By Dr. Matshidiso Moeti
ADDIA ABABA – The COVID-19 pandemic has shone a light on inequalities between countries. Amid shortages of essential supplies, African countries have been pushed to the back of the queue in accessing COVID-19 test kits, personal protective equipment and now vaccines. Of 548 million COVID-19 vaccine doses administered worldwide, only 11 million or 2%, have been in Africa, whereas the continent accounts for around 17% of the global population.
There are also inequities within countries. Discrimination based on gender, place of residence, income, educational level, age, ethnicity and disability intersect to disadvantage vulnerable populations. Recent data from 17 African countries show, for example, that a person with secondary school education is three times as likely to have access to contraception as someone who has not attended school. Those in the highest economic quintile are five times more likely to deliver their babies in health facilities and have their babies vaccinated with BCG compared to those in the lowest quintile.
To improve this situation, we need to act on the social and economic determinants of health, by working across sectors to improve living and working conditions, and access to education, particularly for the most marginalized groups. Communities need to be engaged as partners, through their networks and associations, to shape and drive health and development interventions.
A key challenge in overcoming inequities is that there is limited data showing who is being missed and why. To address this, national health information systems need to capture age, sex and equity stratified data. This information can then be used to inform decision- and policy-making.
At WHO, we are working with countries to strengthen capacities to collect, manage and use data, and to enhance monitoring and action to address avoidable inequities. In the past year we have disseminated technical guidance on gender, equity and COVID-19 and trained 30 country teams in gender and health equity integrated programming. The teams are using skills gained to support equitable health response, including to deal with gender-based violence in the context of COVID-19.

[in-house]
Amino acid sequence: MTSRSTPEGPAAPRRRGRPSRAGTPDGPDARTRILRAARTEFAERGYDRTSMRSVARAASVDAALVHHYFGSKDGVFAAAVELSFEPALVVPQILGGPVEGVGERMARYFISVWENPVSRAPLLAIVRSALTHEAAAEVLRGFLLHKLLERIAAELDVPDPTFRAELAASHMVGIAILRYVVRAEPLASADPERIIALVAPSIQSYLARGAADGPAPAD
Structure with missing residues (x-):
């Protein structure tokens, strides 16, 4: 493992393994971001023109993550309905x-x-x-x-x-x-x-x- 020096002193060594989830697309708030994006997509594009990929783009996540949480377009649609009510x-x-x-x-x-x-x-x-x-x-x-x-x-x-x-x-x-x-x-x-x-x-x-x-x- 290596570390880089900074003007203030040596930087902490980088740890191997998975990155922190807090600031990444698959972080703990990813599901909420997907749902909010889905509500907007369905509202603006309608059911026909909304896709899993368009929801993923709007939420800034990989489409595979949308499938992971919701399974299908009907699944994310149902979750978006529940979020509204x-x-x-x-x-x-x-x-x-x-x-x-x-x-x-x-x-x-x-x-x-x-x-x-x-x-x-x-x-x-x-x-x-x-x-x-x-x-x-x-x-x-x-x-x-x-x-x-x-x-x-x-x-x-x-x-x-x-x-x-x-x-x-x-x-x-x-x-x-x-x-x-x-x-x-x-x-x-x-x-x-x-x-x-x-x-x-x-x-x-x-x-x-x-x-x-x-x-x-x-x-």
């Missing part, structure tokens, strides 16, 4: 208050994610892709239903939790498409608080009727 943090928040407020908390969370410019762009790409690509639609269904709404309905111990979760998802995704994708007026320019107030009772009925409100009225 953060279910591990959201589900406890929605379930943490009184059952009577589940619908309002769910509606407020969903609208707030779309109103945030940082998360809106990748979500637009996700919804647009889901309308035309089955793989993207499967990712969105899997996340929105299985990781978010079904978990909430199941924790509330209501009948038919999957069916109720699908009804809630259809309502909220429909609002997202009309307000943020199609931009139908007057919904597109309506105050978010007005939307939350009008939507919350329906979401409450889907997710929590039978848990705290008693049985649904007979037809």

Investment is also needed to accelerate progress towards Universal Health Coverage, to protect individuals from financial hardship in accessing needed care and to improve service coverage. Most African countries have initiated reforms in these areas believing that these reforms will in turn contribute to building more resilient health systems and societies.
Moving forward, leaders need to work together to address inequities in their own countries and abroad in the spirit of international solidarity. Specifically, on COVID-19 vaccines, we encourage pharmaceutical companies to support wider manufacturing to overcome current supply shortages. We also encourage wealthy countries to share their doses, so that the most-at-risk populations in all countries can be protected, to save lives and speed-up the recovery from this global crisis.
This World Health Day I call on Member States, partners, civil society, communities, and other stakeholders to intensify work with WHO to achieve Universal Health Coverage, and to invest in addressing the social and economic determinants of health, to tackle inequities and build a fairer, healthier world.
As WHO we remain committed to ensuring that all people in Africa, and globally, can realize the right to good health.
The author, Dr Matshidiso Moeti*, is WHO Regional Director for Africa. She wrote the message in connection with the World Health Day, which will be marked across the world on April 7.
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